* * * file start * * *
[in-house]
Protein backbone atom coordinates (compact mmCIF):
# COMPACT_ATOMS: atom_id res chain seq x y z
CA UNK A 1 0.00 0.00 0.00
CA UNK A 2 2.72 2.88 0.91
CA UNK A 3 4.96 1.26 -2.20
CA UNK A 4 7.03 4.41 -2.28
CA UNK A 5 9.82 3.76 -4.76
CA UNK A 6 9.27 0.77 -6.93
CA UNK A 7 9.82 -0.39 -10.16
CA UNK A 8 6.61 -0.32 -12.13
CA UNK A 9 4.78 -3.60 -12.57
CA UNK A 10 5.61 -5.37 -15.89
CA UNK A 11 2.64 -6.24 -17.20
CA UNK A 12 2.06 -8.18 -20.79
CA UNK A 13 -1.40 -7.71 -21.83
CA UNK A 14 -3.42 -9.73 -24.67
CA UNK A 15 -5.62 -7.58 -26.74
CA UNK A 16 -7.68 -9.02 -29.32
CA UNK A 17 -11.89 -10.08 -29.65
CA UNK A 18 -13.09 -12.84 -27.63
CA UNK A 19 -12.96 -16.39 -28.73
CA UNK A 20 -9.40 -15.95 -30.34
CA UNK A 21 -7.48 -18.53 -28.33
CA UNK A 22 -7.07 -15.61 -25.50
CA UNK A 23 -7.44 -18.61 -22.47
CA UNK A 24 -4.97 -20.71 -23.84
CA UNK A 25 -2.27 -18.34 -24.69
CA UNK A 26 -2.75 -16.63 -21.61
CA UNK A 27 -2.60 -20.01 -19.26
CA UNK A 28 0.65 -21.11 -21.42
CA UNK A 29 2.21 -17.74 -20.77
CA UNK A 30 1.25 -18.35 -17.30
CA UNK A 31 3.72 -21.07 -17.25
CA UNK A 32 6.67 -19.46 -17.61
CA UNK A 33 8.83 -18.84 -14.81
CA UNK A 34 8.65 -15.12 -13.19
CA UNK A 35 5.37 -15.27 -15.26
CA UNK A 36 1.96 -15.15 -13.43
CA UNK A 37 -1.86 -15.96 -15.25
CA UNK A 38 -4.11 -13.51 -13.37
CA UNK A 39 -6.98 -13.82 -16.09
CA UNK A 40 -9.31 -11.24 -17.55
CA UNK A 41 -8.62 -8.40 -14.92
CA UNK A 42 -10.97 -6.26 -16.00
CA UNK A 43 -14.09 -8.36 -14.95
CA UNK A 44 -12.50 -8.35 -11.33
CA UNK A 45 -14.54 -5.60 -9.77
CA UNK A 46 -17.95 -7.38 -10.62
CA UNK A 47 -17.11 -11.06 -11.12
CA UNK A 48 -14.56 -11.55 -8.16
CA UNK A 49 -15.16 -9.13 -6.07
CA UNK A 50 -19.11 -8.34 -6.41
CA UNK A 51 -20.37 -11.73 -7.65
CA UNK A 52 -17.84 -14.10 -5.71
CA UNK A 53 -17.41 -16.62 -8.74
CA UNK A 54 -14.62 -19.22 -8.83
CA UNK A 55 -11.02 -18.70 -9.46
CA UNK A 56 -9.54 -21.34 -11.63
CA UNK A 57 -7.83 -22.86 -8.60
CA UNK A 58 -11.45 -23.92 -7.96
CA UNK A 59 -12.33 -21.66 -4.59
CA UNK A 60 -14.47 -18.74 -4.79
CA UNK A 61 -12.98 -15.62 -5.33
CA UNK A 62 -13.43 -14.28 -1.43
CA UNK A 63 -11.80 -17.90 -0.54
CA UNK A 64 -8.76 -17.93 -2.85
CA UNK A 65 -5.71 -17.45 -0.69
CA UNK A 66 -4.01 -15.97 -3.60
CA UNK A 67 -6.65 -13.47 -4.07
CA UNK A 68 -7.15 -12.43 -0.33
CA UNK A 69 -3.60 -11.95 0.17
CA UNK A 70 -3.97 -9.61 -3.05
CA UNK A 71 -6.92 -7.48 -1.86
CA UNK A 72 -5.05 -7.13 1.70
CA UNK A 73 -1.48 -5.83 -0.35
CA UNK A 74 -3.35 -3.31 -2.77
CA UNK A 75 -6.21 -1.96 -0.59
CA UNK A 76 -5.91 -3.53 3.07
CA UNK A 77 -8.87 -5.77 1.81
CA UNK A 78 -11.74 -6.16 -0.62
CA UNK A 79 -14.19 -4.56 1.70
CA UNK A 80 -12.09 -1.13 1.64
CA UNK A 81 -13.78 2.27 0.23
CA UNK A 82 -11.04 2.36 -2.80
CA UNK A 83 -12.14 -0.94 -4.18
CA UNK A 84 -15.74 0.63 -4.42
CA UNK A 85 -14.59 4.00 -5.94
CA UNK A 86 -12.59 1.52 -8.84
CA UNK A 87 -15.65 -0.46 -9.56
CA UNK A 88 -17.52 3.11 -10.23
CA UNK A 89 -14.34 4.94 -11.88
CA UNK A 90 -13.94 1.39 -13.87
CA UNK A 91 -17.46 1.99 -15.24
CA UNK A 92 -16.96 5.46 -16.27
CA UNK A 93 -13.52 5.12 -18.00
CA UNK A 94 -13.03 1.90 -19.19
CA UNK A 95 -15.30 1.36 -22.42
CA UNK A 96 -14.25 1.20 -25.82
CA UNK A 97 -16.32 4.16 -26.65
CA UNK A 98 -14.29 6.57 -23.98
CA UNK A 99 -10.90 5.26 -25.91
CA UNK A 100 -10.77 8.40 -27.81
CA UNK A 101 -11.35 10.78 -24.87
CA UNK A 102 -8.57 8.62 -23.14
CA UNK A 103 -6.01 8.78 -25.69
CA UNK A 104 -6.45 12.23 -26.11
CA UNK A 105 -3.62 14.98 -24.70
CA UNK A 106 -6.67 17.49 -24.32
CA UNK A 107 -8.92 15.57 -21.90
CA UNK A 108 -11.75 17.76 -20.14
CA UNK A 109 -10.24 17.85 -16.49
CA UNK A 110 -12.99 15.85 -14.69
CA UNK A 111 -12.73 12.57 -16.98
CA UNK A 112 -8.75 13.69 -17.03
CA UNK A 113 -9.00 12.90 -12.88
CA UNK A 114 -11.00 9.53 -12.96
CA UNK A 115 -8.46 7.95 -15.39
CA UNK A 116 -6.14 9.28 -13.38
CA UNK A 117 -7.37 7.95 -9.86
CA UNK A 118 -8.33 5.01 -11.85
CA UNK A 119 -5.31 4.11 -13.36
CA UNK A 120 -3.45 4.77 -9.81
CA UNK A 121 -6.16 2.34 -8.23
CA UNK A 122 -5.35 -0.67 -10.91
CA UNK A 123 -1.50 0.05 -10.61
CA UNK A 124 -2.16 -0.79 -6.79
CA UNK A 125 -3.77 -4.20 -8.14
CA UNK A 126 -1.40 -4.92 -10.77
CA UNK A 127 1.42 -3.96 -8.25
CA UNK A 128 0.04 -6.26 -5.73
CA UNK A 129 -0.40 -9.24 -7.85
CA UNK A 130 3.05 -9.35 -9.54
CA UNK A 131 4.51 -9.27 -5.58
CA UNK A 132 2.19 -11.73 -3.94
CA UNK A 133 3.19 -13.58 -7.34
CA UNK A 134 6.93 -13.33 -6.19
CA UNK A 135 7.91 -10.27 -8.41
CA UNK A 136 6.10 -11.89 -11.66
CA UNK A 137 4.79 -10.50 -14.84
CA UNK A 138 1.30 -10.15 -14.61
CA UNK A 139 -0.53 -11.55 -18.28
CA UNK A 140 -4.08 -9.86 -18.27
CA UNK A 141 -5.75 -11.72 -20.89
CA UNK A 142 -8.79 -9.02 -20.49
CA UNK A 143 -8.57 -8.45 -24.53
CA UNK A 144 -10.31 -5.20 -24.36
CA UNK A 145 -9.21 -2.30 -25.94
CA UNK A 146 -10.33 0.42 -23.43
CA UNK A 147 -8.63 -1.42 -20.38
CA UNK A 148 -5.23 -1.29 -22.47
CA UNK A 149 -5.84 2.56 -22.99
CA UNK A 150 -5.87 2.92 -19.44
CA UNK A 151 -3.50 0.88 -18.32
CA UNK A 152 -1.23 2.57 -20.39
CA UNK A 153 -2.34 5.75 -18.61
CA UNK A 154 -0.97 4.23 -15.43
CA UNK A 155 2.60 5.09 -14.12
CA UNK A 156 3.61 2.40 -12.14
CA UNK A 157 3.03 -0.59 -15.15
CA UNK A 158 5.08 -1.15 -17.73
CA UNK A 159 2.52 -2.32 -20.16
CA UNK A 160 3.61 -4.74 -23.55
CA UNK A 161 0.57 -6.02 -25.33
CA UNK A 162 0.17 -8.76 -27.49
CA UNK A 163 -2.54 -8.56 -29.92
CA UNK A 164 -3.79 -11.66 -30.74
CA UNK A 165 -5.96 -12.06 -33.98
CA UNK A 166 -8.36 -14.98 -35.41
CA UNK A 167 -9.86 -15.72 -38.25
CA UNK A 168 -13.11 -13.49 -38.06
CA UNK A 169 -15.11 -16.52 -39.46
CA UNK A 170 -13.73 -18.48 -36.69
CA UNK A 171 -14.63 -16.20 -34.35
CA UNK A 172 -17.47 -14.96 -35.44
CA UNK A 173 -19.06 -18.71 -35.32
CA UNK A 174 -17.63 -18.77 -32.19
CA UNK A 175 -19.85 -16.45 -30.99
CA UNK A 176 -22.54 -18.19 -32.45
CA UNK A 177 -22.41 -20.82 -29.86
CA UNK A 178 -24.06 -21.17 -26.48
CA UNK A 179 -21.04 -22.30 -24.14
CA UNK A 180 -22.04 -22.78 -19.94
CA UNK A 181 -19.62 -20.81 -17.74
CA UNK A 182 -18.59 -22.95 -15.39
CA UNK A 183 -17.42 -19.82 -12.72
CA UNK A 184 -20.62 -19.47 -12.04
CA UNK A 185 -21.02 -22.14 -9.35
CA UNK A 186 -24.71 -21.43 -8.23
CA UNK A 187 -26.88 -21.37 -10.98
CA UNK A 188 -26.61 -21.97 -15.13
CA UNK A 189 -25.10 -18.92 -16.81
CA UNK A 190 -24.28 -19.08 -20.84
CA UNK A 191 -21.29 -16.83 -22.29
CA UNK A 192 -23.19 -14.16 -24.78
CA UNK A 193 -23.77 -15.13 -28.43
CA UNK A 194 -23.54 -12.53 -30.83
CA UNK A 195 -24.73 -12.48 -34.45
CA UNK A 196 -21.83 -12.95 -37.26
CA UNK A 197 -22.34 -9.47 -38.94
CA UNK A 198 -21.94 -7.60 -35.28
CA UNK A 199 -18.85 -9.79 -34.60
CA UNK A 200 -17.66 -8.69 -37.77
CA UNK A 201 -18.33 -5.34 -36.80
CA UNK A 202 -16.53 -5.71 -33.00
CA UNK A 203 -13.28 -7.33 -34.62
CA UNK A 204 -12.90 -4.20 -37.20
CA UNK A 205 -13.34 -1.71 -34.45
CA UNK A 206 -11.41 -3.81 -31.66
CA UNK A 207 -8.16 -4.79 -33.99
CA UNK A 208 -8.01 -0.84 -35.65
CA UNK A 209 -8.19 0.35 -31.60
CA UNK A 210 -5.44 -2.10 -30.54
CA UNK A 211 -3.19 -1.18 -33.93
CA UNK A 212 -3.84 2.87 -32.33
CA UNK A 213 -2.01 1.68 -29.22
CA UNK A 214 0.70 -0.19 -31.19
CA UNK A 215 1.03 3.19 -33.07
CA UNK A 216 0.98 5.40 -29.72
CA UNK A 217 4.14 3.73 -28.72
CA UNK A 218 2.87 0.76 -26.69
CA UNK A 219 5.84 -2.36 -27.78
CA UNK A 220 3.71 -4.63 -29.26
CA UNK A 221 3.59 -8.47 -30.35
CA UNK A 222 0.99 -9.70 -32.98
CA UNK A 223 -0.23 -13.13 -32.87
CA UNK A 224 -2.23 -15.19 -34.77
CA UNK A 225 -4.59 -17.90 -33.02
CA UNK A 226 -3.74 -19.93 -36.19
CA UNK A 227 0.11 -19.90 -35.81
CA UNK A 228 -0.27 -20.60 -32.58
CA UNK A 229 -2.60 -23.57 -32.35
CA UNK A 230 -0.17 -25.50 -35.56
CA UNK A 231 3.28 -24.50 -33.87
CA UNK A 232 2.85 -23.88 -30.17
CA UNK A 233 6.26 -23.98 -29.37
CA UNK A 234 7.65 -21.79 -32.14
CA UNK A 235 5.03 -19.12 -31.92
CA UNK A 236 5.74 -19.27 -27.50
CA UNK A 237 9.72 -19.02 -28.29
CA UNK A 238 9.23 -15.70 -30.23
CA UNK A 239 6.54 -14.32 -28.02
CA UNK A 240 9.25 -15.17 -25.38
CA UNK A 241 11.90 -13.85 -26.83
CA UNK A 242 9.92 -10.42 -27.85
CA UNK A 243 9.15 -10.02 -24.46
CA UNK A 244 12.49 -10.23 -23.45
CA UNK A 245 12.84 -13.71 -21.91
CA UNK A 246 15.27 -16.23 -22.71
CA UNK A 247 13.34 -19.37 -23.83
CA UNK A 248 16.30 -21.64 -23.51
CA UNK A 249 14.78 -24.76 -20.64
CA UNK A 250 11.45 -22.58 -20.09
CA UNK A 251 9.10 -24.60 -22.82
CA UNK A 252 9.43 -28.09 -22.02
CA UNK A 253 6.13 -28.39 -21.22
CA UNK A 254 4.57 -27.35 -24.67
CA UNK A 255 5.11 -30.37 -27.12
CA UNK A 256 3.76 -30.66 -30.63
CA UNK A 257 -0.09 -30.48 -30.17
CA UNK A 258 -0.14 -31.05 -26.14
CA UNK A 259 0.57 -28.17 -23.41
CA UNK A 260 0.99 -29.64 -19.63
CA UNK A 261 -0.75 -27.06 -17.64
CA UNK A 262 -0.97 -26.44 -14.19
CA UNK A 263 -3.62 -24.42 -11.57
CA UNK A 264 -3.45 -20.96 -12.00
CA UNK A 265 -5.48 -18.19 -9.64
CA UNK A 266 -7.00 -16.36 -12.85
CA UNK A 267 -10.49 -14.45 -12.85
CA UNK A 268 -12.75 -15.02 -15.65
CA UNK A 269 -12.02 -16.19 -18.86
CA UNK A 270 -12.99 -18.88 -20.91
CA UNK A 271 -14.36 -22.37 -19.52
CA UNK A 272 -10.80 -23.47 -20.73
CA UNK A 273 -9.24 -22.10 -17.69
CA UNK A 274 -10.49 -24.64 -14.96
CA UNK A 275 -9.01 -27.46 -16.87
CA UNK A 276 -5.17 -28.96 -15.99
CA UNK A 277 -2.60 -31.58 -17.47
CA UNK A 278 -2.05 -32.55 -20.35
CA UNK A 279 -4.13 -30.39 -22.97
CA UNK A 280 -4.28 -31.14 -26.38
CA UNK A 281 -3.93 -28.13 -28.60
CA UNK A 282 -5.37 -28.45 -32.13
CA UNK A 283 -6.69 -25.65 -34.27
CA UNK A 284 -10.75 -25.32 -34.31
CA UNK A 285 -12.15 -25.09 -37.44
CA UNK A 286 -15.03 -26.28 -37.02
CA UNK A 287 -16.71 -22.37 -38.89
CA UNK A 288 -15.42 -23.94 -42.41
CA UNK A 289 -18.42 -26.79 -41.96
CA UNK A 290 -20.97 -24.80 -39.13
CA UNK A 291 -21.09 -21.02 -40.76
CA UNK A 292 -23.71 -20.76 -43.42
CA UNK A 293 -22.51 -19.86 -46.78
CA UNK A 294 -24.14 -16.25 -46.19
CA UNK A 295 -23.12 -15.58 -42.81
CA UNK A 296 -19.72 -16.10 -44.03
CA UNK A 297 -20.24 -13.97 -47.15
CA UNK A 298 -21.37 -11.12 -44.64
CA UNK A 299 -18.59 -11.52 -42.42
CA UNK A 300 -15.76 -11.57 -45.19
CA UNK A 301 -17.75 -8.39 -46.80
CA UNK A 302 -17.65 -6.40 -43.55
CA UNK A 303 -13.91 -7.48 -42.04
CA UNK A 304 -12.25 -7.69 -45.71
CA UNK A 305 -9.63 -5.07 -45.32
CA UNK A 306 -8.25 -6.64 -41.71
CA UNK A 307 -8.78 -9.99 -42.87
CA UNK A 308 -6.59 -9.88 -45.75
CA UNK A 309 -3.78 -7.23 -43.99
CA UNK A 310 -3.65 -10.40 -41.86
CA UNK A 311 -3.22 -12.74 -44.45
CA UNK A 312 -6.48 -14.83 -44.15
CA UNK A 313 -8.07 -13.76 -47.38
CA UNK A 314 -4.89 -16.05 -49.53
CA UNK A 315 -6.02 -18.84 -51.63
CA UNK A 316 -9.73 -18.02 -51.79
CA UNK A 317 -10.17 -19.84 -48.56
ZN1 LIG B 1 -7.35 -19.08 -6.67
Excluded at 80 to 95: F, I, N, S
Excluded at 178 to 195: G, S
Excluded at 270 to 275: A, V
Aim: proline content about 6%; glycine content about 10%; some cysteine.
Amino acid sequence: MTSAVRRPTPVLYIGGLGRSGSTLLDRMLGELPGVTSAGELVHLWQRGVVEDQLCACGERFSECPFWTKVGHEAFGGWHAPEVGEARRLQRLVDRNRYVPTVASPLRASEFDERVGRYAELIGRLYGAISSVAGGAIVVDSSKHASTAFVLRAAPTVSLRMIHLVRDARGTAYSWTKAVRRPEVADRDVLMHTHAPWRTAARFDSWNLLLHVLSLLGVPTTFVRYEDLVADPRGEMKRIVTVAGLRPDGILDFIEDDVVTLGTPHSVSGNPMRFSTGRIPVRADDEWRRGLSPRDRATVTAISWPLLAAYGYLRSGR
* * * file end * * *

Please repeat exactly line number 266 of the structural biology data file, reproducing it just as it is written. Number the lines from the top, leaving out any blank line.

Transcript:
CA UNK A 263 -3.62 -24.42 -11.57